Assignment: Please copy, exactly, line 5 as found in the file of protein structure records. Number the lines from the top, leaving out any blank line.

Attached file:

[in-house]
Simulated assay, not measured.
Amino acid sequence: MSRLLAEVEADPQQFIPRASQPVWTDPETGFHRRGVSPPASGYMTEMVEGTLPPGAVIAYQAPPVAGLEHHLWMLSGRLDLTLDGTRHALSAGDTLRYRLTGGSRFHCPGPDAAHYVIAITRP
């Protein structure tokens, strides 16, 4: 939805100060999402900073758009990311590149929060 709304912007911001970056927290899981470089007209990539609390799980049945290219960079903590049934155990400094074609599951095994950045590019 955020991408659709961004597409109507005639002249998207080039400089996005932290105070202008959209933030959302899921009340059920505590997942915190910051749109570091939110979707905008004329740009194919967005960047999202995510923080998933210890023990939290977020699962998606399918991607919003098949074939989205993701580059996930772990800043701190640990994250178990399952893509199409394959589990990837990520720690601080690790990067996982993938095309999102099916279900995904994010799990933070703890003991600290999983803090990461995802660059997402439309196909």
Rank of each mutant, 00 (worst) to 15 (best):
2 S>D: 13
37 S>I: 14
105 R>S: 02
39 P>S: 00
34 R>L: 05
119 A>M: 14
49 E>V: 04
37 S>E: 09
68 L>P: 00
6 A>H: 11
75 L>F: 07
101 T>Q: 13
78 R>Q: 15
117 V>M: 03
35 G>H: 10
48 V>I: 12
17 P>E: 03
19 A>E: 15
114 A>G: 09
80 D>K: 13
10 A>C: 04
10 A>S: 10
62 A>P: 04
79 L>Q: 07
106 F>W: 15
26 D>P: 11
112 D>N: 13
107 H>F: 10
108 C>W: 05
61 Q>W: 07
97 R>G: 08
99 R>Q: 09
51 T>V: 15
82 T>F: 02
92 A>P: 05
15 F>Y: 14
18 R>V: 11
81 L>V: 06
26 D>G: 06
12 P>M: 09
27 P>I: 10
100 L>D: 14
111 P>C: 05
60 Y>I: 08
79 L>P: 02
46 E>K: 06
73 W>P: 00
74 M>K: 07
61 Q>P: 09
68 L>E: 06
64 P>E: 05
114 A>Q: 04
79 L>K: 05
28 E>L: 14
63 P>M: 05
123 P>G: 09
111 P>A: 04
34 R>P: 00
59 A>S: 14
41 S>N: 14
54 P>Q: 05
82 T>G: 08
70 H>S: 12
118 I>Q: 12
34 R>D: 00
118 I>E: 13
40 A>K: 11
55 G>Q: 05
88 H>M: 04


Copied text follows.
Rank of each mutant, 00 (worst) to 15 (best):